Wenger Patagonian Expedition Race 2011

Posted on 2011-03-12

This year was the 3rd time I had been to Patagonia for the Wenger Patagonian Expedition Race (WPER), having won on both previous occasions, there was a bit of pressure to bring home the hat-trick.  We had a strong team though, Mark Humphrey and myself coming back, Nick Gracie was out for his first taste of the Patagonian wilderness, and relative new comer, but super strong athlete Fi Spotswood making up the Team adidasTERREX/Prunesco line up.  Yes once again, Prunesco had agreed to support us, it is a great partnership, and we do seem to do rather well when running under their name!

After the usual kit and gear checks, we bought the shops out of race food, mountains of chocolate, muesli bars, tortilla wraps, sandwiches and sweets, bagged everything up and got our transition bags to the organisation.  Then it was time to race.

Mark on the first leg, sunshine but brutal winds

Arriving in Torres Del Paine we were greeted by hoards of horse riding Gaucho’s waving flags and flaming torches, and they led us up to a huge bbq of local lamb, what a final last feast we were to have.

We started with a very windy mountain bike over 60km along the main tracks in the Torres Del Paine National Park.  The wind was so strong at times that it blew us off our bikes.  Both Mark and I suffered mechanical failures, but with some on route tinkering and fettling we battled on into the ferocious head winds and came in only 15 minutes down on the leaders, despite also having to stop water in the baking heat too.

We had a wee respite at the bike leg with the high winds postponing the start of the kayak.  During this time we fixed the bikes properly ready for the final bike leg.  Finally we jumped into the kayaks for a stunning paddle down the Rio Grey, we gradually ate into the time deficit, and upon arriving at transition we had over taken all the other teams, and with a super fast change to our trekking gear, we got out before anyone could latch onto us.

Icebergs in the Lake - taken by Japense team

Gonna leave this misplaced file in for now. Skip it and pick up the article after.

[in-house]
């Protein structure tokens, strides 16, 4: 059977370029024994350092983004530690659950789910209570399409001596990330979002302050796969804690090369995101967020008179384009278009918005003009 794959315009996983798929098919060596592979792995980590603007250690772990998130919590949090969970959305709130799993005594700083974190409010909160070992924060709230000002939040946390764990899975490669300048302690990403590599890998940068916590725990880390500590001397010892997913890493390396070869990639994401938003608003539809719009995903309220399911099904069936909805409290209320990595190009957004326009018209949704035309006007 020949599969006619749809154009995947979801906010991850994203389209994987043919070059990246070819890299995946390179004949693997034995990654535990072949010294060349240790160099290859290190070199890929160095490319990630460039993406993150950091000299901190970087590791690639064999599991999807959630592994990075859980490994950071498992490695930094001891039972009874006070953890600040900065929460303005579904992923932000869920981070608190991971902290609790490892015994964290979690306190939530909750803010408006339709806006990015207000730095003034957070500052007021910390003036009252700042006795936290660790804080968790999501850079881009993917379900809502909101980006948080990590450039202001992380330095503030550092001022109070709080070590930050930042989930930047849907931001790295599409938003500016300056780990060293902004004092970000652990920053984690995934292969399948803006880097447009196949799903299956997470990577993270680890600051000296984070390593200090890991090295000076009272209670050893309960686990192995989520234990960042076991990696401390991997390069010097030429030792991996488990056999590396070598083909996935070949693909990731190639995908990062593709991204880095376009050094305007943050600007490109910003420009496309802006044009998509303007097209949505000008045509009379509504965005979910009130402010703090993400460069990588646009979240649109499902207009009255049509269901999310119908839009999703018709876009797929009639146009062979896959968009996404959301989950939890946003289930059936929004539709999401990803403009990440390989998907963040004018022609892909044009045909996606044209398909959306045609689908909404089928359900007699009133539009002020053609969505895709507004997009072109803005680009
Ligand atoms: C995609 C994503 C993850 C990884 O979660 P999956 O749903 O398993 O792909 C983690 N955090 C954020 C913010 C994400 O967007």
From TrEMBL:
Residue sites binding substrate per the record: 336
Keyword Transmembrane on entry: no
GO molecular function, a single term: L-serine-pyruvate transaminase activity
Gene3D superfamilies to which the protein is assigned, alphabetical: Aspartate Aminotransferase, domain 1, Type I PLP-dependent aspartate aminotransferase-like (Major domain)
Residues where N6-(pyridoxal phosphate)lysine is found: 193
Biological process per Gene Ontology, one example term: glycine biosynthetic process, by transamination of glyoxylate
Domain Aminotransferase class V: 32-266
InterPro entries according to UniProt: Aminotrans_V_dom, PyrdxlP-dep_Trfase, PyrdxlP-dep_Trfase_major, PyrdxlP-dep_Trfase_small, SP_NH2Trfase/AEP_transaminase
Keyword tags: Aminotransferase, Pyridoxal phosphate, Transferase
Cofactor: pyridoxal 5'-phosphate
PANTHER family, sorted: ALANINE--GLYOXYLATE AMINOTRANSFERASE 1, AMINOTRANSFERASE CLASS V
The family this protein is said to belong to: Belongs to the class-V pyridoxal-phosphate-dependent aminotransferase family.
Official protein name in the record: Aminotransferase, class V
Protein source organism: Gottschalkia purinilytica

The first trek was 73km, and we raced off to make the most of the remaining daylight, knowing how hard it is to move and navigate at night.  As night arrived, we hit the lake near CP3, and were met by hundreds of icebergs, a stunning view of glowing white. (The photo was taken by the Japanese team) The trek was much tougher than we expected, and there were times when we were only moving at 1km/hour, an incredibly slow speed compared to what we are used to racing at.

With stunning mountain scenery, high rocky passes, deep cold river crossings and thick forest to fight through we were always challenged, and having to navigate past everything with the poorly detailed maps.  We were however always rewarded with amazing views, and when we finally managed to do some running down the mountain side to the transition we had completed this leg in just under 48hours.

Stunning mountain views on the first trek

The kayak leg that followed was amazing, paddling down a narrow fjord, with glaciers plunging right into the sea beside us, bumping into blocks of ice as we headed south.  We hit the dark zone half way along, this is always frustrating, but we got a good camp set up, ate some nice hot food and made the most of the 8hrs of darkness to sleep soundly.  After a total of 6 hours of kayaking through ice, seals and dolphins we arrived at a tiny beach in the pouring rain, and prepared to set off on a 191km trek.